Boris Johnson on Friday reversed his decision to make David Frost, his chief Brexit negotiator, Britain’s new national security adviser, in a further sign of the prime minister remaking his Number 10 team.

Lord Frost, an ardent Brexiter who concluded the trade deal with the EU last month, will instead take up a different role as the prime minister’s “representative for Brexit and international policy”.

Mr Johnson’s decision last year to make Lord Frost his national security adviser — even though the former diplomat had no expertise in the field — was seen as new evidence of Brexiters taking key positions in government.

On Friday the prime minister announced that Stephen Lovegrove, permanent secretary at the Ministry of Defence since 2016, would instead take on the role of national security adviser.

Sir Stephen, a former banker with Deutsche, joins a new cadre of officials at the top of Mr Johnson’s government whose qualifications are based more on their executive qualities than their adherence to the Brexit creed. He was originally appointed to the MoD to bring a financier’s focus to managing the defence budget, which was perceived as being out of control.

In recent months Mr Johnson has appointed Simon Case, a former intelligence official, as cabinet secretary, and Daniel Rosenfield, a former Treasury official and investment banker, as his chief of staff.

Lord Frost’s appointment as national security adviser was championed by Dominic Cummings, the prime minister’s chief adviser who left Number 10 last year after a bitter fight to control the Whitehall machine.

However, supporters of Lord Frost say that the decision not to take up the NSA role, which he was supposed to start on Monday, was driven by his own preference for a wider ranging foreign policy role.

Lord Frost will instead work in Number 10 as a special adviser leading work on post-Brexit relations with the EU; the trade deal he secured last December leaves many areas of work incomplete.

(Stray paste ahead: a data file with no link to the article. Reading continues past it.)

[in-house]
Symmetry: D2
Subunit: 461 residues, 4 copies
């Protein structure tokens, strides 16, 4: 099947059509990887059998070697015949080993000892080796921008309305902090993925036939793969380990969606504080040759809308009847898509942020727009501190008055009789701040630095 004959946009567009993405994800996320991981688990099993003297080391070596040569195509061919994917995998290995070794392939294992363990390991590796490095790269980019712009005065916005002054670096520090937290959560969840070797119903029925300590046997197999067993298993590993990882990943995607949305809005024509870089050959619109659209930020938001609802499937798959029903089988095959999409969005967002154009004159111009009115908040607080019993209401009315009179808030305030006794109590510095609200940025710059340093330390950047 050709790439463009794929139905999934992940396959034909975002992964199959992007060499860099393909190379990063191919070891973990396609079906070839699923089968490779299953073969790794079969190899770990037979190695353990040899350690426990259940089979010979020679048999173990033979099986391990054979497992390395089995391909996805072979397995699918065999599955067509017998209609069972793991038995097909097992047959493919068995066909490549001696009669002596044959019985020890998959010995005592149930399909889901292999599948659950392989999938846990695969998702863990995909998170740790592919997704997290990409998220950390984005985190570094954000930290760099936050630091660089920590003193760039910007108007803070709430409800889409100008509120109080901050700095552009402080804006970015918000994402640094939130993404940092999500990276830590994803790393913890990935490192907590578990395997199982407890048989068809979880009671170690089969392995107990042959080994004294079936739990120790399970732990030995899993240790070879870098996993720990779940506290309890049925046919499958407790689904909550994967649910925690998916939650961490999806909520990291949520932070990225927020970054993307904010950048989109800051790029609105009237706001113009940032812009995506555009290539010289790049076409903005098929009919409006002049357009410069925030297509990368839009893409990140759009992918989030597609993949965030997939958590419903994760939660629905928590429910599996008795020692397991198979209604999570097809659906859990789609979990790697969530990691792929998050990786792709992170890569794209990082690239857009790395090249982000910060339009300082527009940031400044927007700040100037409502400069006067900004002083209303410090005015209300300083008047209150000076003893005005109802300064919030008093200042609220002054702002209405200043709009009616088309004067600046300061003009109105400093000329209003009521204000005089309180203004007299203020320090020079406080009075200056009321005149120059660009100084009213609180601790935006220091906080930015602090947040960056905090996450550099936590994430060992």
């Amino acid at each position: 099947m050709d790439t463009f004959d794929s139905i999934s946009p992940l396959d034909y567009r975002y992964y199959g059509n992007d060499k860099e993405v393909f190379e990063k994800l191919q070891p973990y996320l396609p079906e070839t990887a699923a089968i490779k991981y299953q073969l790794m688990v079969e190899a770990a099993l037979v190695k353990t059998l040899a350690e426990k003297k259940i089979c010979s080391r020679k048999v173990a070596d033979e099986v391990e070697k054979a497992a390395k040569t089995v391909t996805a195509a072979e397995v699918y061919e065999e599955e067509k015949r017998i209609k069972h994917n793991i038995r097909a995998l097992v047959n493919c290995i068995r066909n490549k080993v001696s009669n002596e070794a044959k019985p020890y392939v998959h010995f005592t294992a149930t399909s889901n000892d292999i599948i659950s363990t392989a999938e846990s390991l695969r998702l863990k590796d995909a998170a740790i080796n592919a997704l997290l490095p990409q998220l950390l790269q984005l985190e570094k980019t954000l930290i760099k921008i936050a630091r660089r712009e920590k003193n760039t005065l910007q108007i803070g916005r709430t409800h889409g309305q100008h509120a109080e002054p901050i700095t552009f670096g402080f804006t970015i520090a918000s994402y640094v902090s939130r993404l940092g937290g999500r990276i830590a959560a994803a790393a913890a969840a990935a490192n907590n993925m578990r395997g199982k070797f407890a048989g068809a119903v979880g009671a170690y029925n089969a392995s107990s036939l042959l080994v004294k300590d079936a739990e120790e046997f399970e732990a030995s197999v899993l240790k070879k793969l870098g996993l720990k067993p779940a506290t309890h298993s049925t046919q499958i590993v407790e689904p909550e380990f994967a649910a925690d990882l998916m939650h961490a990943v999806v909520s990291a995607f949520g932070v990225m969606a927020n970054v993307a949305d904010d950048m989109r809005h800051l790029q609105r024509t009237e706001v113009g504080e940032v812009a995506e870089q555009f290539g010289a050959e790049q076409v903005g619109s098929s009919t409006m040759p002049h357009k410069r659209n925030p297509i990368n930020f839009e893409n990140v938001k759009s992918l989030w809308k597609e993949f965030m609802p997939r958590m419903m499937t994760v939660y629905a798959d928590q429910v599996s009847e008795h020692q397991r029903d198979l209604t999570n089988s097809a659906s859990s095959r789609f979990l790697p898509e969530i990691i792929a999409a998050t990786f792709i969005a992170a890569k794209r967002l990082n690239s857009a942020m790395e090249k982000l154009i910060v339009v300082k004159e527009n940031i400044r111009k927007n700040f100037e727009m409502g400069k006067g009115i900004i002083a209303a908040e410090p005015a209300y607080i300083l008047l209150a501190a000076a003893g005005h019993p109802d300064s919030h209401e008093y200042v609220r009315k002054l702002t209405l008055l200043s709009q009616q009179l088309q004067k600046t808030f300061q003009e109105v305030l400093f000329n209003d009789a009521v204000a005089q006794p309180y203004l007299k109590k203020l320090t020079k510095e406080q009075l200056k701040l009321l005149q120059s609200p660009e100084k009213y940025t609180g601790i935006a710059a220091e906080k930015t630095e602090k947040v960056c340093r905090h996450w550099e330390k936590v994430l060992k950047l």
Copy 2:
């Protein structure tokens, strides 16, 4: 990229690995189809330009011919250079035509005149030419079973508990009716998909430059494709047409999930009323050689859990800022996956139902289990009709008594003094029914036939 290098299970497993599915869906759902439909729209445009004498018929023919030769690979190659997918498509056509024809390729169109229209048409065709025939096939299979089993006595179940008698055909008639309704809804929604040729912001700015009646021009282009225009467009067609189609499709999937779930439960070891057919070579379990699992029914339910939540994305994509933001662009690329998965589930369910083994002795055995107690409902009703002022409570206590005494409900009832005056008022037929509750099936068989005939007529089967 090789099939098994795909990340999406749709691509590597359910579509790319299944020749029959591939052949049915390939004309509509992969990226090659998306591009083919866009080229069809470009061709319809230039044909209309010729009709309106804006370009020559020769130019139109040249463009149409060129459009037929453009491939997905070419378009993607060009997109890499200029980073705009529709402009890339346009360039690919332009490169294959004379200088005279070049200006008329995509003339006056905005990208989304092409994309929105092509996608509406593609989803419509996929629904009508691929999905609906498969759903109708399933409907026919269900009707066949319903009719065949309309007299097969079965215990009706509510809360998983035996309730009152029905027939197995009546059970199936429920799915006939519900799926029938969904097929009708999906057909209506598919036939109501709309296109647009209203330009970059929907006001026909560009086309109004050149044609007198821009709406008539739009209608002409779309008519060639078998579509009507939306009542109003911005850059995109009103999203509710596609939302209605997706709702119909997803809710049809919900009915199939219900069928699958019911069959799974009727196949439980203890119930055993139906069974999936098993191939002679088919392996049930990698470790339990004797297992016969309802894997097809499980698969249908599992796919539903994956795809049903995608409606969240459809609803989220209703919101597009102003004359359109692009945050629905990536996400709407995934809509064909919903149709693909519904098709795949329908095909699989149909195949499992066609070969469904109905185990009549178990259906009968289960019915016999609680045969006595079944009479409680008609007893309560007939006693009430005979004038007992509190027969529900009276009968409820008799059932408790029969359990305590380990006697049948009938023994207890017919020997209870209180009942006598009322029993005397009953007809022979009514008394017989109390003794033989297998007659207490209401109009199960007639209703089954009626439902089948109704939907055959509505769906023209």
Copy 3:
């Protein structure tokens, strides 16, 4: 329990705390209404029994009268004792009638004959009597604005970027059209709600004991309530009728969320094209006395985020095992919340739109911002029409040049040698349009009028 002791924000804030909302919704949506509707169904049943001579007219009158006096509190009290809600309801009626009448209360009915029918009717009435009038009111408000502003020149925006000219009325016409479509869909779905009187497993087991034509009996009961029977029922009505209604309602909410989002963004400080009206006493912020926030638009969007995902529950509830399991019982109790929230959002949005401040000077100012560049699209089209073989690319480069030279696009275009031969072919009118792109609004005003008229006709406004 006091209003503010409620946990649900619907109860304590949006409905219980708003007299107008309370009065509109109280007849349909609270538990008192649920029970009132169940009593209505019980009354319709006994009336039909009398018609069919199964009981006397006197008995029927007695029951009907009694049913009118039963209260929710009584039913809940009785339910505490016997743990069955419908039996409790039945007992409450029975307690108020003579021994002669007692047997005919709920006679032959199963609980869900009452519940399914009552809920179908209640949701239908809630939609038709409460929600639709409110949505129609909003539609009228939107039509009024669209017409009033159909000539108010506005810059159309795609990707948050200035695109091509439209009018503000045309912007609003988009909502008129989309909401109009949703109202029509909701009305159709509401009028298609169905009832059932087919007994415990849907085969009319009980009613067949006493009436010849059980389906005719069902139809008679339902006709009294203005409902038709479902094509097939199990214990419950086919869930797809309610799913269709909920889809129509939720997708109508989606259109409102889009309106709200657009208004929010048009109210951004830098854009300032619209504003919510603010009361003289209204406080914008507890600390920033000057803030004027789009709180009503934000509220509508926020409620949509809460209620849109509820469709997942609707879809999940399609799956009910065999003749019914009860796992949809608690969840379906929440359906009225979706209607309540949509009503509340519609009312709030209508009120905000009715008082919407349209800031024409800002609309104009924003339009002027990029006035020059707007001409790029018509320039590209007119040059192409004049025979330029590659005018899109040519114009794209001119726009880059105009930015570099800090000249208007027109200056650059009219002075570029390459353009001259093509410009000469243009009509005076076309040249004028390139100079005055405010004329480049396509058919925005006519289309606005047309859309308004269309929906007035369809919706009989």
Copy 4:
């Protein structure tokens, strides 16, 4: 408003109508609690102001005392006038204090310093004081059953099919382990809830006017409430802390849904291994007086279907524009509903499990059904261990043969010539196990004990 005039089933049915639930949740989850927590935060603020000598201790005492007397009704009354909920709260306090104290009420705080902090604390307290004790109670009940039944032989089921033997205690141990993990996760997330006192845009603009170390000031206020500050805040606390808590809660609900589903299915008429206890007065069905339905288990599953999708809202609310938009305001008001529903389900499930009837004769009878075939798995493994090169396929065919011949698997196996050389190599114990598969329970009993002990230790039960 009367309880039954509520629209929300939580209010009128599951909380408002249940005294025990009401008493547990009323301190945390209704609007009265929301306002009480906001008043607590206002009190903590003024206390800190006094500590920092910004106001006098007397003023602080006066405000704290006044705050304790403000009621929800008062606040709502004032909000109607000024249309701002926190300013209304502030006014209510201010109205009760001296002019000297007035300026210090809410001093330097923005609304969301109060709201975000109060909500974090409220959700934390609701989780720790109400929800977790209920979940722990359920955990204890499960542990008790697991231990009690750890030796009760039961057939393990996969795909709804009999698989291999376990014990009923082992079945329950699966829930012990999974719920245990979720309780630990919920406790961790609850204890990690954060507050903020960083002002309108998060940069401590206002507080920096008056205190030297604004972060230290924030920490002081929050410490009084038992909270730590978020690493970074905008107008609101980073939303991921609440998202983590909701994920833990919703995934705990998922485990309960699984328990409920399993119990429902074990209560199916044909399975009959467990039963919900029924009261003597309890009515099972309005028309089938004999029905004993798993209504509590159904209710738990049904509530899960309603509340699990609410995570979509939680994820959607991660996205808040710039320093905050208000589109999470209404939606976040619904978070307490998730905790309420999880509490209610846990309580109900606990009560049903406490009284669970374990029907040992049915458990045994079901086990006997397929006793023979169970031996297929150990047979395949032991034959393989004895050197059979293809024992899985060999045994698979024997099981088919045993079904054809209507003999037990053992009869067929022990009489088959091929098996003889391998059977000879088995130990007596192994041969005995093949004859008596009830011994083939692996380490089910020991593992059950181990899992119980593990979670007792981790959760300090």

“He wants to be more focused on the foreign policy side — it was what he wanted to do,” said one ally of Lord Frost. One Brexiter in government said the decision not to take up the NSA role “was driven by Frosty”.

A senior Whitehall insider said the move was “a demotion” and would be welcomed in the security world, but was likely to be bad for the nascent post-Brexit EU-UK relationship: during trade negotiations Lord Frost prioritised sovereignty over what he saw as short-term economic interests.

“Frost wants the relationship in the deep freeze for a few years,” said an official familiar with government thinking. The new UK-EU relationship is to be managed by a complex structure of committees that have yet to meet, but will shape the evolution of the deal over the coming years.

Jill Rutter of the Institute for Government, said Lord Frost would have been a “square peg in a round hole” as NSA, and that Whitehall had had to devise “workarounds” to compensate for his being a political appointee rather than a mandarin.

For instance, he would not have been able to oversee budgets for the security services or line management of the intelligence service chiefs.

“It always seemed to me that what the prime minister really wanted David Frost to do was actually a very different job which was to be his global affairs adviser, concentrating as much on trade, prosperity and global Britain as much as the NSA stuff,” she said. “And that is what this [new role] now opens up.”

Mr Johnson said: “I am hugely grateful to Lord Frost for his Herculean efforts in securing a deal with the EU, and I am thrilled that he has agreed to be my representative for Brexit and international policy as we seize the opportunities from our departure from the EU.”

Peter Ricketts, who was national security adviser under David Cameron, welcomed the appointment of a civil servant as opposed to a political adviser as NSA.

He said that even if Sir Stephen had not worked within the intelligence services, he would still have been “deeply involved” with security processes over the past five years at MoD. “He would have become a very well-known face around the national security community, of which the MoD is such a big part,” Lord Ricketts said.

Ciaran Martin, who stepped down last year as head of the National Cyber Security Centre, a branch of GCHQ, said Sir Stephen’s three years as permanent secretary at the Department of Energy and Climate Change was also “pretty useful” for a modern NSA, because of the increasing focus on energy security and the impact of climate change on national security.

Additional reporting by Sebastian Payne